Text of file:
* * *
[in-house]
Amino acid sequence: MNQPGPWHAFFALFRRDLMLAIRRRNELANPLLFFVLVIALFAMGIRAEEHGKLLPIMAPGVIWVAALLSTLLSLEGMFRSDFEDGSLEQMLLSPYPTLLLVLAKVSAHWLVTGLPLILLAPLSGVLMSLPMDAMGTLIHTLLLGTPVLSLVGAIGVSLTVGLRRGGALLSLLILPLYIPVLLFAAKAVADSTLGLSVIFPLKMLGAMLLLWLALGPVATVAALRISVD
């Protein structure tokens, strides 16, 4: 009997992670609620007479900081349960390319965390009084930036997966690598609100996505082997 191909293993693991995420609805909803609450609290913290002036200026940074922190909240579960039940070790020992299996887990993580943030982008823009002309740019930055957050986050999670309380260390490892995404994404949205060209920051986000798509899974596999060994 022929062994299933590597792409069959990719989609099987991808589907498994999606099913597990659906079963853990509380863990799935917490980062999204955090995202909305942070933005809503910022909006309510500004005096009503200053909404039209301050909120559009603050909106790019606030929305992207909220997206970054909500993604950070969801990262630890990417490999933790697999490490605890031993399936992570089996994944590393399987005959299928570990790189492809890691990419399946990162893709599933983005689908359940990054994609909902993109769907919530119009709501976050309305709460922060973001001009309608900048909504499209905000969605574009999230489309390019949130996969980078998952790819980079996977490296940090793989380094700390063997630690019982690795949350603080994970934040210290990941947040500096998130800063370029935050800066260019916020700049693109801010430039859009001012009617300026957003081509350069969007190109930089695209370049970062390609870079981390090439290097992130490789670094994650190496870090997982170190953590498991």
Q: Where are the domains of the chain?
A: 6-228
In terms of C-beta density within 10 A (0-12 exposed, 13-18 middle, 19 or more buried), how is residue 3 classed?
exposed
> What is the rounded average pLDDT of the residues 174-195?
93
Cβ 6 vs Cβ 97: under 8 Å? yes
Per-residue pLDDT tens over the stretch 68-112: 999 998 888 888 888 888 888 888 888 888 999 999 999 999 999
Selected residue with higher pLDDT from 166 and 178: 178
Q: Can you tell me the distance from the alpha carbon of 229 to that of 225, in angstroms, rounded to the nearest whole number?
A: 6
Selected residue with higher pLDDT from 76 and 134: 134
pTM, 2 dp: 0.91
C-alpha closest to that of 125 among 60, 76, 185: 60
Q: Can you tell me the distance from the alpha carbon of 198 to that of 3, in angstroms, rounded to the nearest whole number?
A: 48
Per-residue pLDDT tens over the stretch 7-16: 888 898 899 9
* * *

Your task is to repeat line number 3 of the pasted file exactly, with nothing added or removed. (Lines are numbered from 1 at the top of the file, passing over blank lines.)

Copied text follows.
């Protein structure tokens, strides 16, 4: 009997992670609620007479900081349960390319965390009084930036997966690598609100996505082997 191909293993693991995420609805909803609450609290913290002036200026940074922190909240579960039940070790020992299996887990993580943030982008823009002309740019930055957050986050999670309380260390490892995404994404949205060209920051986000798509899974596999060994 022929062994299933590597792409069959990719989609099987991808589907498994999606099913597990659906079963853990509380863990799935917490980062999204955090995202909305942070933005809503910022909006309510500004005096009503200053909404039209301050909120559009603050909106790019606030929305992207909220997206970054909500993604950070969801990262630890990417490999933790697999490490605890031993399936992570089996994944590393399987005959299928570990790189492809890691990419399946990162893709599933983005689908359940990054994609909902993109769907919530119009709501976050309305709460922060973001001009309608900048909504499209905000969605574009999230489309390019949130996969980078998952790819980079996977490296940090793989380094700390063997630690019982690795949350603080994970934040210290990941947040500096998130800063370029935050800066260019916020700049693109801010430039859009001012009617300026957003081509350069969007190109930089695209370049970062390609870079981390090439290097992130490789670094994650190496870090997982170190953590498991």